Our alternative crop planting initiative, the Tom Yum project, creates peace between elephants and farmers by transitioning farms from crops that attract elephants to species that elephants find unpalatable. However, we see other ecological benefits of growing these alternative crops without the use of chemical fertilizers and sprays.
We’re about to enter the next phase of the project, where Brooke Friswold, PhD researcher at King Monkut’s University of Technology Thonburi (KMUTT) will begin analyzing ecological indicators in alternative crop plots.
Here are a few pictures that demonstrate how not only elephants, but also birds and pollinators are benefiting from the Tom Yum project. A bird’s nest in our lemongrass plot, a wasp nest in our Karonda plot, and a butterfly that we watched emerge from its cocoon in our citronella plot.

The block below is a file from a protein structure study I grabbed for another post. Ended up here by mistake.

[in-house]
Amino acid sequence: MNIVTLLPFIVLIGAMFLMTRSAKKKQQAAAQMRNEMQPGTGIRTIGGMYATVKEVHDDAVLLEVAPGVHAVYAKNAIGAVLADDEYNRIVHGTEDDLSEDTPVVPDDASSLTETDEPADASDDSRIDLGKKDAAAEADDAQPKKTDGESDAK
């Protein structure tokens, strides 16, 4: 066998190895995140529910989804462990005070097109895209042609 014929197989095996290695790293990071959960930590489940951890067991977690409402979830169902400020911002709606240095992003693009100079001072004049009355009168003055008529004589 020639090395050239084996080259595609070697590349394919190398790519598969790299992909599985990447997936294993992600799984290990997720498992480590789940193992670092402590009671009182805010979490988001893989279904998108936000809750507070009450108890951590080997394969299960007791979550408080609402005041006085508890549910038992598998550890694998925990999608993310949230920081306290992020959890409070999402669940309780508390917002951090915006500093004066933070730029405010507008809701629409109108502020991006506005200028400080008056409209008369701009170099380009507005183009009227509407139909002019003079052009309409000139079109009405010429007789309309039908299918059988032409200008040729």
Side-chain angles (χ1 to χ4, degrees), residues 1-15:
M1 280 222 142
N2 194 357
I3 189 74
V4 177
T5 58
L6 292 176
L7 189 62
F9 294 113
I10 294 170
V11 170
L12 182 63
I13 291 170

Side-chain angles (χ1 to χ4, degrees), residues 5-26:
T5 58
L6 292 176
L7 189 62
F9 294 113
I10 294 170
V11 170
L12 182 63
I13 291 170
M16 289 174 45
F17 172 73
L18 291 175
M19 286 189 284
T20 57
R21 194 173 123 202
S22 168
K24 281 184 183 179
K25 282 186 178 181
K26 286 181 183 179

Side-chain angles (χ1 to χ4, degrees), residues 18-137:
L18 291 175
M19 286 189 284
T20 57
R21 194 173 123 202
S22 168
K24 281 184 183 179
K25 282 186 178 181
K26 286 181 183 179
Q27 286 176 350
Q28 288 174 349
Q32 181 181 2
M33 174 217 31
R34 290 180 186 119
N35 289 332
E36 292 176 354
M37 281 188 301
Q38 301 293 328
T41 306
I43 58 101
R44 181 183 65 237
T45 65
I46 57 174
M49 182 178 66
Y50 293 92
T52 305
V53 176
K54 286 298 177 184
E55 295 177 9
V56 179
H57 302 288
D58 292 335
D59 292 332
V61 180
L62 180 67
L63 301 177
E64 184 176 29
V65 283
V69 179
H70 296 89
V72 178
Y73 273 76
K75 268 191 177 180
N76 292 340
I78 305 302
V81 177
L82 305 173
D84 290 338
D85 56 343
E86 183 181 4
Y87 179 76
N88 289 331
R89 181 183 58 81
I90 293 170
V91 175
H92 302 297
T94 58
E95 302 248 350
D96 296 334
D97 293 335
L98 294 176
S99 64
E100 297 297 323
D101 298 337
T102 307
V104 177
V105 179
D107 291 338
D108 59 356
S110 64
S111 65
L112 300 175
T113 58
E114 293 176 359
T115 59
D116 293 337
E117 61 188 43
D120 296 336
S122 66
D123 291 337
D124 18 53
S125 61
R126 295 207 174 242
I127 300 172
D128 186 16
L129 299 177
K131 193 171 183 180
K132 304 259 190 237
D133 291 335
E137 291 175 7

Some photos are taken during a recent round of data collection in the Tom Yum project’s alternative crop research plots. During community workshops before the project was established, farmers anticipated that even if the elephants didn’t consume the less palatable crops, they would still trample them, resulting in similar economic losses.
We’ve been assessing elephant impact in the research plots of lemongrass, citronella and other herbal, medicinal crop species and we’ve noticed that several of the crop species, such as lemongrass pictured here, is resilient to trampling. Even after elephants have stepped on the crop, it continues to grow. Throughout the study period, no lemongrass has been consumed by elephants, and less than 3% of the crops have been eliminated due to trampling.